Joe is originally from the United States. But has been working for Chungdahm for around nine years now. If you ever have any of the book reading classes or teach any April classes, he is often the voice of the narrator. He did the voicing a few years ago while working as a curriculum development manager at headquarters. They asked him because he had such a smooth voice.

Joe majored in music and is very gifted at the bass guitar among many other instruments. One thing that I really appreciate about Joe is his passion for education; he has a lot of creative styles that are unique to him. For example, his classroom uses a different seating style and is decked out with numerous plants in the back window to give the students a more relaxed feeling.

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So, what would you say is the best part of living in Korea for you?

“The best part of living in Korea is that it is a continual learning experience: having the opportunity to experience different cultural perspectives towards life, to see ways
people interact and communicate with each other, to use a different language on a daily basis, and to enjoy non-Western foods are all great learning experiences that help make living and working here rewarding.”

What would you say is the most difficult part of living in Korea?

“The most difficult aspect of being in Korea is the isolation a foreigner can feel. I live in a
neighborhood that is not close to where my co-workers live, so I don’t hang out with them
much outside of work. Also, breaking into Korean society is incredibly difficult; there always is a sense that I am an outsider, which occasionally can create a strong sense of loneliness. My suggestion to overcome these feelings is to try to go to a lot of events. Meet as many people as you can and try to make those connections where you can. Go do things and ask other people to do things. For example, a lot of people participate in language exchanges, and that is a great way to meet people.”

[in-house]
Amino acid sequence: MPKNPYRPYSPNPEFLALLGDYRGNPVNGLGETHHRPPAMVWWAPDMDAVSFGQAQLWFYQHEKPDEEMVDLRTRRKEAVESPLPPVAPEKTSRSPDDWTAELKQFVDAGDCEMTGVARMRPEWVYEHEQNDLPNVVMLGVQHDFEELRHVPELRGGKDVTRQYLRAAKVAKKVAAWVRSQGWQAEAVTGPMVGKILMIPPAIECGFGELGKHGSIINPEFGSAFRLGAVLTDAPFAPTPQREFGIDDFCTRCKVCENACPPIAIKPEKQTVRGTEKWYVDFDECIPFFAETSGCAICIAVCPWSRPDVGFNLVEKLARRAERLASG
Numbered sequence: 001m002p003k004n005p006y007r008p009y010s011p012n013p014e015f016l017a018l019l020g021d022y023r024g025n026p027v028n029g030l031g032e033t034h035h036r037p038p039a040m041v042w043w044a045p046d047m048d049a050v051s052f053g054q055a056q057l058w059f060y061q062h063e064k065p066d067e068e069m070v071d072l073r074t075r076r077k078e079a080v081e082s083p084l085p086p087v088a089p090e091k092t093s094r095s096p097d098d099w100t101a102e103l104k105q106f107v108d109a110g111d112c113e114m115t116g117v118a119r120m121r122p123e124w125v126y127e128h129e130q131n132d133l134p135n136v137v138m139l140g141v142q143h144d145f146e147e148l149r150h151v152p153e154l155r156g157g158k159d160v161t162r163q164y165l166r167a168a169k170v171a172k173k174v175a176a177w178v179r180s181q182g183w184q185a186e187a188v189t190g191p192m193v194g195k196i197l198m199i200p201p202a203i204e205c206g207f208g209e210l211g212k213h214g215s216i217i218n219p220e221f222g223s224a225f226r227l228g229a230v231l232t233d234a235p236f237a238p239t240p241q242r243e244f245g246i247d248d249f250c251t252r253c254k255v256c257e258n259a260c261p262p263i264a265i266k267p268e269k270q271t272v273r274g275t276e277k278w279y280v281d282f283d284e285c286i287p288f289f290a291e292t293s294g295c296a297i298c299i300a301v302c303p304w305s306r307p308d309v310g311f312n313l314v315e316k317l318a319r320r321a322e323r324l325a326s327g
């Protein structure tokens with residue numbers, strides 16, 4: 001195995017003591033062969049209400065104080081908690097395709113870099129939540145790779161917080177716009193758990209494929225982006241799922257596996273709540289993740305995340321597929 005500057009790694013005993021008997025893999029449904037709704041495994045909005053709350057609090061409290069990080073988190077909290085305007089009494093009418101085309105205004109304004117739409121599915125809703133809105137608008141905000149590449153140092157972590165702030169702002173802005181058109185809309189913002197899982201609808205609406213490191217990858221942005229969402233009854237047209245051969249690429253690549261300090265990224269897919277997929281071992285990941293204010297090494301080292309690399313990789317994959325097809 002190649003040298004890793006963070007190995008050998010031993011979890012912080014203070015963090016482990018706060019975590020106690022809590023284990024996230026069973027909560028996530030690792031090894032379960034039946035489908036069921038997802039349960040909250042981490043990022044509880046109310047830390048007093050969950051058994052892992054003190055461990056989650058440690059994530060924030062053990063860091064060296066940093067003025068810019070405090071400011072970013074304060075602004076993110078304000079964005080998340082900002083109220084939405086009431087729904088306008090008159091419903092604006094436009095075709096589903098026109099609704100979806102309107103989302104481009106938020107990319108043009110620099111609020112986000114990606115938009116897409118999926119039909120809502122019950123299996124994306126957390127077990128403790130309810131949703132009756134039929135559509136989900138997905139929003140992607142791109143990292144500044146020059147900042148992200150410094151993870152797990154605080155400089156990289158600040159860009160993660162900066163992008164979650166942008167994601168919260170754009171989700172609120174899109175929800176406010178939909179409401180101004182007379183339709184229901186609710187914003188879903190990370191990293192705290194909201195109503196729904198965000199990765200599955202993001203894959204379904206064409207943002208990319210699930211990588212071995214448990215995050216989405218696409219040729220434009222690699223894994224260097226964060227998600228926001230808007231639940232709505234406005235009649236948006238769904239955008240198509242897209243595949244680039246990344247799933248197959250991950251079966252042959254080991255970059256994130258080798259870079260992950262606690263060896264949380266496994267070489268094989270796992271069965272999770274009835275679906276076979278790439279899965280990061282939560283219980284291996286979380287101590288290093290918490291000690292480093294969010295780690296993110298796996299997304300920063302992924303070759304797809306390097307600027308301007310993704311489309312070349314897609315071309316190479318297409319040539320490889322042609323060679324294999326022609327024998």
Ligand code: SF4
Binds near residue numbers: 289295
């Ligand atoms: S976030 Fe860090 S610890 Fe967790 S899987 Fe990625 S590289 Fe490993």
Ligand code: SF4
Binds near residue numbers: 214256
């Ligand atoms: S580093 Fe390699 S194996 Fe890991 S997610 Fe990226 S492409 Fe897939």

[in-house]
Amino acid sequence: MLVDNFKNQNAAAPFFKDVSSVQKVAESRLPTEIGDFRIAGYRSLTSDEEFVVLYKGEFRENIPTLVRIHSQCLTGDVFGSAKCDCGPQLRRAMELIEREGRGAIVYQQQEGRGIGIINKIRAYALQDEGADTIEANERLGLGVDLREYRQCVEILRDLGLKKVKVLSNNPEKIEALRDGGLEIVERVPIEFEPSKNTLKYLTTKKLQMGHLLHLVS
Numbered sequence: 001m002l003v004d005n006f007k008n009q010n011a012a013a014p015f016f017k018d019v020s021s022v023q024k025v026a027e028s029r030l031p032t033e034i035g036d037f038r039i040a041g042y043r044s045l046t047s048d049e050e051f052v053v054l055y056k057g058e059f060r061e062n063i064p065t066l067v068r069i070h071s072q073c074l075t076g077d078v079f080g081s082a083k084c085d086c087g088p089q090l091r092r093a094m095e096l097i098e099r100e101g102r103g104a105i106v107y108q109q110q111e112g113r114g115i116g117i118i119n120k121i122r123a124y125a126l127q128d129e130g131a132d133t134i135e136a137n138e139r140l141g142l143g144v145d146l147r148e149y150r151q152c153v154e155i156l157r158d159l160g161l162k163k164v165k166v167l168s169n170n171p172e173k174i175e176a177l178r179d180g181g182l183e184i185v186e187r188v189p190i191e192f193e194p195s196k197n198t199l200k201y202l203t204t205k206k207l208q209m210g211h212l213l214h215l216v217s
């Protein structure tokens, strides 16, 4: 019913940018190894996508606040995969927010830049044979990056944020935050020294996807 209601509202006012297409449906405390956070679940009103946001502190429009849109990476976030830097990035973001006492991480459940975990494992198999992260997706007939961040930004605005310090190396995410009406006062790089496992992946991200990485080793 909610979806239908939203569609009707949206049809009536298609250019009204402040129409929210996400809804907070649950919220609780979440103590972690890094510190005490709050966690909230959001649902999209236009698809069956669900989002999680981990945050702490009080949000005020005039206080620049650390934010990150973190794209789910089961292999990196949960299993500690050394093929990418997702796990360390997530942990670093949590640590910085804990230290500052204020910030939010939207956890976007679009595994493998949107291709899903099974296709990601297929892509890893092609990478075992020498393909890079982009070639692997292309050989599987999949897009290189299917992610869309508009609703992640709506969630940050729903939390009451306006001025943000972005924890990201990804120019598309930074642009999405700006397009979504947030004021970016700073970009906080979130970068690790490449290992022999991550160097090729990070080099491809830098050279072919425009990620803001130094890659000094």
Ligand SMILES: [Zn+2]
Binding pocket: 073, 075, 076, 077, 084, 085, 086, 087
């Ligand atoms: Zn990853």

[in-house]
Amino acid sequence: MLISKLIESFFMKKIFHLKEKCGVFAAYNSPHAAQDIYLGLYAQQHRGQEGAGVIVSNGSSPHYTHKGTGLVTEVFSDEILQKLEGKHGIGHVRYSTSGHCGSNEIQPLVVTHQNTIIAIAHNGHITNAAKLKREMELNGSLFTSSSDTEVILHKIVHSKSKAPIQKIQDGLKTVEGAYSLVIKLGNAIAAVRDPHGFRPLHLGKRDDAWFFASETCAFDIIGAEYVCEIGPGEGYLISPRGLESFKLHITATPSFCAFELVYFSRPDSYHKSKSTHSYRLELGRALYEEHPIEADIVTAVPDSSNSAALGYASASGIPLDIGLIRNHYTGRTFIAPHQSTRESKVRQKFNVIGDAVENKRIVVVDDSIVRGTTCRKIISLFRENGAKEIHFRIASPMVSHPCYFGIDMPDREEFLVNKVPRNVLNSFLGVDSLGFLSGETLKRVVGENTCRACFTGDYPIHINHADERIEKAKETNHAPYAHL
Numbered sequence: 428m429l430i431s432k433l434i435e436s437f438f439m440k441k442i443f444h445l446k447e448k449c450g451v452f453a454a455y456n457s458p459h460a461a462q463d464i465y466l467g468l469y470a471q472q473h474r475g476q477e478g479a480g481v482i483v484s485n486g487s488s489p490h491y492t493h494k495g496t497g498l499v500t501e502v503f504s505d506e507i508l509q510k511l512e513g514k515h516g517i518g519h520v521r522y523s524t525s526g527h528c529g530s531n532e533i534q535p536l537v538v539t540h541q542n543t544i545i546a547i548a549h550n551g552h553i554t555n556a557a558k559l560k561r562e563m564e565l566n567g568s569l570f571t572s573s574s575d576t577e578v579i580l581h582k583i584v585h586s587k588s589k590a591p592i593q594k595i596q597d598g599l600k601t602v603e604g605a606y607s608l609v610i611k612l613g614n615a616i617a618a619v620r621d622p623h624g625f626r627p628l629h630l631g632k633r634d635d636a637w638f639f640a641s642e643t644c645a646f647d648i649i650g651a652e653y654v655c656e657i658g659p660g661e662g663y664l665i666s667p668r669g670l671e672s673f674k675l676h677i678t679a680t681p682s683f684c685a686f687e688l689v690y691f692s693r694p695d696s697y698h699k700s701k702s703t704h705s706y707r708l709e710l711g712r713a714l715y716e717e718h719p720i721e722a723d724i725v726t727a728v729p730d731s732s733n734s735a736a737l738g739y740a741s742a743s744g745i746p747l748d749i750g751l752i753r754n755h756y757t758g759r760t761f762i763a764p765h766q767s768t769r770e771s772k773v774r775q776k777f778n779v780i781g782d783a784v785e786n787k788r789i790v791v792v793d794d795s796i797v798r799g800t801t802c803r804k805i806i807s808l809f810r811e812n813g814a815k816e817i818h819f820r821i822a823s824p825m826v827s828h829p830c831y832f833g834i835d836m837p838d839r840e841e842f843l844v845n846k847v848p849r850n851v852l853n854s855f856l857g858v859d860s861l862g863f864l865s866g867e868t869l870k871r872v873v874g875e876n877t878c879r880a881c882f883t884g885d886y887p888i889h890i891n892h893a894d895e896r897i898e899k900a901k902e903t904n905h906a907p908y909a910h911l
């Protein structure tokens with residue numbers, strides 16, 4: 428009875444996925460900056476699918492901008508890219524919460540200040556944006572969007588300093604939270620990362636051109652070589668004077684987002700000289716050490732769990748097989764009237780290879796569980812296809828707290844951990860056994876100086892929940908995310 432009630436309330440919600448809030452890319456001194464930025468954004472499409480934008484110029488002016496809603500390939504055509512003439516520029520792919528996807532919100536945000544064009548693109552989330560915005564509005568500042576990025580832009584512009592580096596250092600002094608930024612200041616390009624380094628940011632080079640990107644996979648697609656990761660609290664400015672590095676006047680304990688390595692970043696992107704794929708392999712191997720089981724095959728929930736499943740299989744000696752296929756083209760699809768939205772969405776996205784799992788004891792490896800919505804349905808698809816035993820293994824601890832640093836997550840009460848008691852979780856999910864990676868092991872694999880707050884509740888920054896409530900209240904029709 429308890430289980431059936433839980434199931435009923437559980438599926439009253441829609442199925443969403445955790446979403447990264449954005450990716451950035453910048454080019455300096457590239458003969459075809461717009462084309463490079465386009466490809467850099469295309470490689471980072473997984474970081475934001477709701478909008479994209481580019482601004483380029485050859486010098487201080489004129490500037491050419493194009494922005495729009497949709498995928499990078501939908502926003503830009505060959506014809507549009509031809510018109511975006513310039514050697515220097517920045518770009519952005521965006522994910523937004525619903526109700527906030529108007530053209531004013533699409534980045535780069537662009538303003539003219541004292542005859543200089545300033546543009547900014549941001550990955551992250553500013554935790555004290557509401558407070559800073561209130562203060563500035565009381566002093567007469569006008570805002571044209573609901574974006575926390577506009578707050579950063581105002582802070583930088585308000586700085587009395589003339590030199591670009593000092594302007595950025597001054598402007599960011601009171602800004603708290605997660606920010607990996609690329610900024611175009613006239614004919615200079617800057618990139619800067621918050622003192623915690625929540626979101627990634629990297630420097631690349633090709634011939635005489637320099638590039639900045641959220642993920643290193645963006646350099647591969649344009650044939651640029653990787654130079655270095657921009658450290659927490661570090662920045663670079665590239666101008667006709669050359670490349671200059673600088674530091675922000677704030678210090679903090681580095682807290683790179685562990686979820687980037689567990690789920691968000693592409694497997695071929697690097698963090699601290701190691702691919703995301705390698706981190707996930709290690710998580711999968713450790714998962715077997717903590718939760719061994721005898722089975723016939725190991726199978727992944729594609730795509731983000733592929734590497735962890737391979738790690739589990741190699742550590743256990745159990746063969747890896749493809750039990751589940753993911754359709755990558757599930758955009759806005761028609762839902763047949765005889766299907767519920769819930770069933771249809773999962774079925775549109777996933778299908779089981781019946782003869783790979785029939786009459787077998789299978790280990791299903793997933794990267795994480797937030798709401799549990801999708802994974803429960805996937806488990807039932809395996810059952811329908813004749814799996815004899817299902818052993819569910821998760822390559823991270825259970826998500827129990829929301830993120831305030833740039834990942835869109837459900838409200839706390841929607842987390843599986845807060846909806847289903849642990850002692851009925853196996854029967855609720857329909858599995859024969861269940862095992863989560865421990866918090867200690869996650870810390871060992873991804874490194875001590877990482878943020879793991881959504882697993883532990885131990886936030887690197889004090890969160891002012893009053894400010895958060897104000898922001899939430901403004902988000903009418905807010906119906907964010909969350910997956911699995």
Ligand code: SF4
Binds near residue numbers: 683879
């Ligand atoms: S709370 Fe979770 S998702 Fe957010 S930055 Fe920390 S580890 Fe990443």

I know that you are a musician. Is there anything you’ve been able to do in Korea? Like playing live or recording anything?

It has been great as a musician here. I play bass guitar, and have had many opportunities to
play gigs and perform. Inexpensive rehearsal spaces are all over the place, and it isn’t that
difficult for a band to find places to gig. You don’t make money beyond cab fare, but that
doesn’t matter to me.”

What other hobbies have you learned to enjoy in Korea?

“I have enjoyed studying Korean, although my studies have been intermittent. I also enjoy
making kimchi!”

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Neil Frazer. the author, has been teaching with Chungdahm for a little over three years. He comes from a small town in Wisconsin, named Spooner and graduated from Olivet Nazarene University with a Bachelor's of Social Work. After traveling to Korea in college he quickly fell in love the culture, food, and quality of life that Korea has to offer and immediately knew he wanted to come back. He looks forward to sharing his experiences of living in Korea and working at the Pyeongchon branch, near Seoul.

 

Tags: teaching at CDL, save money teaching English, learn korean, korean community, exercise, work balance